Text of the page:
Location: Southern Horticultural ResearchTitle: Effect of LED, UV-B, and fluorescent supplemental greenhouse lights on strawberry plant growth and response to infection by the anthracnose pathogen, Colletotrichum gloeosporioides
|REZAZADEH, AMIR - St Lucie County Extension|
|STAFNE, ERIC - Mississippi State University|
Submitted to: HortScience
Publication Type: Peer Reviewed Journal
Publication Acceptance Date: 5/6/2022
Publication Date: 6/28/2022
Citation: Smith, B.J., Rezazadeh, A., Stafne, E., Sakhanokho, H.F. 2022. Effect of LED, UV-B, and fluorescent supplemental greenhouse lights on strawberry plant growth and response to infection by the anthracnose pathogen, Colletotrichum gloeosporioides. HortScience. 57(8):856–863. https://doi.org/10.21273/HORTSCI16591-22.
Interpretive Summary: Supplemental lighting is often used to extend daylength for strawberries grown in greenhouses and high tunnels; but only a limited amount of information is available on the effect of these lights on disease development and pathogen growth. Many types of supplemental lighting are available for use in commercial greenhouses, and LED light is frequently chosen. In this greenhouse study we investigated the effect of LED lights, wide spectrum fluorescent grow lights and UV-B light on strawberry plant growth and plant response to infection of detached strawberry leaves inoculated with the anthracnose crown rot pathogen. The study showed significant differences between the supplemental lights on strawberry plant growth, but not on anthracnose disease severity. Plants in two LED treatments displayed signs of severe injury possibly due to the high intensity of the red LED light. Installation of supplemental lighting in greenhouses requires a significant investment by the grower, and this study lays the groundwork for future more detailed studies to provide growers with the data they need to make informed decisions on which supplemental light spectra are best for each phase of strawberry production (plant growth, flowering, and fruiting) and any potential effect of the lights on diseases and insects.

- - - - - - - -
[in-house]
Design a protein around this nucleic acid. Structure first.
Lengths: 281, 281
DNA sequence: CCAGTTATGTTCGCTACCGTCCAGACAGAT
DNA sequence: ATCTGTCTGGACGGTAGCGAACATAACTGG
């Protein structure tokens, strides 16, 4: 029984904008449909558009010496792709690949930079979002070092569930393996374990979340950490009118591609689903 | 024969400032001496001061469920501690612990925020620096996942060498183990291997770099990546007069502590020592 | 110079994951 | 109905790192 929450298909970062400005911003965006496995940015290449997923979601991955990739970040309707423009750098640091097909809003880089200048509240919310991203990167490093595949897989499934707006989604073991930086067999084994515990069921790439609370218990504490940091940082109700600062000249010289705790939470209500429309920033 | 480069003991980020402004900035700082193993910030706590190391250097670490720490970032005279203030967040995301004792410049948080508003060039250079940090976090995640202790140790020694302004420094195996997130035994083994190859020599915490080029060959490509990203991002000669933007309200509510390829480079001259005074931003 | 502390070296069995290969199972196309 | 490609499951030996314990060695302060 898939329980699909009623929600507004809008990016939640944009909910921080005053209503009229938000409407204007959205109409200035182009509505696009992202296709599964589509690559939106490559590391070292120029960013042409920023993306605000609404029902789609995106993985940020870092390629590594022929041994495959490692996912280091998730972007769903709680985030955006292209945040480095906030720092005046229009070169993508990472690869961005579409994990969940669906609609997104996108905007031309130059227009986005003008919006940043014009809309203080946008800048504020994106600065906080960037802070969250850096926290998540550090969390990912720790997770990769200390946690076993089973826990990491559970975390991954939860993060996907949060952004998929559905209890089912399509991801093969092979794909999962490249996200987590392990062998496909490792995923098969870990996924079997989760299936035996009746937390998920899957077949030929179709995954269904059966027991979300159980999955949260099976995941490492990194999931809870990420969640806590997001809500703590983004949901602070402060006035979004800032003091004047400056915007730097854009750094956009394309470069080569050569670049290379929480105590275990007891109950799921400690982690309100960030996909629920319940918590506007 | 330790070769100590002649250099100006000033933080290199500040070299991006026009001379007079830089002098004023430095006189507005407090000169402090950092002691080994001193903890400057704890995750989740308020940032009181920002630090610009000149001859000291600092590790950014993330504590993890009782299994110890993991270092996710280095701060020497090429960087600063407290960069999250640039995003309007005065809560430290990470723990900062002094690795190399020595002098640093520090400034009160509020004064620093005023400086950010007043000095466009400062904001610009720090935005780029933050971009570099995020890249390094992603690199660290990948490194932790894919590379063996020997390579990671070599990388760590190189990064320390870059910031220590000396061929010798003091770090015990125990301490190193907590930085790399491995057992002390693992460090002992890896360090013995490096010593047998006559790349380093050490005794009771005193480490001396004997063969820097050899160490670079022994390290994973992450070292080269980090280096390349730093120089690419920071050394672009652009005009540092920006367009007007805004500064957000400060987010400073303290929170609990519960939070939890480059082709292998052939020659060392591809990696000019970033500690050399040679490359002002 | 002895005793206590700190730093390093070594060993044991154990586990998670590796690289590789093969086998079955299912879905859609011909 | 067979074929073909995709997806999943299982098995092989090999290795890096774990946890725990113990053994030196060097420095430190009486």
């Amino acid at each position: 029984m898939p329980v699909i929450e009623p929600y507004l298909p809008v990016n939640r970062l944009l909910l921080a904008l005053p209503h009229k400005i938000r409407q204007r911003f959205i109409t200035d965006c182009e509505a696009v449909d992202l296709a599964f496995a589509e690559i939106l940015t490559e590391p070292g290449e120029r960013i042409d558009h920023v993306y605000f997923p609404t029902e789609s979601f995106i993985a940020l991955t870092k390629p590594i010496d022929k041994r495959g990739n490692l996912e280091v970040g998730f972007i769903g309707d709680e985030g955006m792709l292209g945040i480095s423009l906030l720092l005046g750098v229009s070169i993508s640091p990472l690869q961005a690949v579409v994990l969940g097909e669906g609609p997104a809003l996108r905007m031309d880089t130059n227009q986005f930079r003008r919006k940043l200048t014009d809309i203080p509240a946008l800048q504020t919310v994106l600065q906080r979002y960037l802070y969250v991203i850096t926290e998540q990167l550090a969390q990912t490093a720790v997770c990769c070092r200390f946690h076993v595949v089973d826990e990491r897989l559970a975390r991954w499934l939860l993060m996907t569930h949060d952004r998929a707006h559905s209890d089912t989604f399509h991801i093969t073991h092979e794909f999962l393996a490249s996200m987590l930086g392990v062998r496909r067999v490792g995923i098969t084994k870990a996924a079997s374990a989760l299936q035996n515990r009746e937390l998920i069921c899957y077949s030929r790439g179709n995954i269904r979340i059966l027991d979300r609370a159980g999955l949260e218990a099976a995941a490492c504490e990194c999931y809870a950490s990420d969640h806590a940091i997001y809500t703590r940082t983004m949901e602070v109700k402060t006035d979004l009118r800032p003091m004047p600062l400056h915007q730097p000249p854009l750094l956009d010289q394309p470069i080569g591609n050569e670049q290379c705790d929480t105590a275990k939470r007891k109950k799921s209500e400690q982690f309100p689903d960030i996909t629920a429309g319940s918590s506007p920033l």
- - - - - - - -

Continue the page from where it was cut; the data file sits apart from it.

Technical Abstract: Supplemental lighting is frequently used to extend day length for strawberries (Fragaria ×ananassa Duch.) grown in greenhouses and high tunnels; however, information is limited on the effect of these lights on disease development. We evaluated the effect of six supplemental light treatments [red, blue, white light emitting diodes (LEDs); a combination of red, blue, and white LEDs; wide spectrum fluorescent; and wide spectrum fluorescent + UV-B] on plant growth and plant response to infection of strawberries grown in a greenhouse. Plants received natural light supplemented by 17 hours of treatment lights. In addition, plants in the wide spectrum fluorescent + UV-B treatment were exposed to UV-B light for 3 h during the dark period. Each light treatment included four plants each of six strawberry cultivars and was replicated three times. Following 4- and 5- month exposures to light treatments, detached leaves from each cultivar in each light treatment were inoculated with the anthracnose pathogen, Colletotrichum gloeosporioides and rated for disease severity 10 days later. There was a significant difference in photosynthetic photon flux density (higher in red and combination LED light treatments), relative chlorophyll content, flower number, plant size, plant injury, and elemental leaf analysis; but there was not a significant effect of light treatments on disease severity ratings following inoculation with C. gloeosporioides. There were significant effects due to cultivar for growth and disease severity ratings, but not a significant interaction between light treatments and cultivars. This study showed an effect of supplemental light on several strawberry plant growth parameters including a harmful effect of high intensity red LED irradiation. It did not show an effect of the light treatments on plant response to infection following inoculation with an anthracnose pathogen.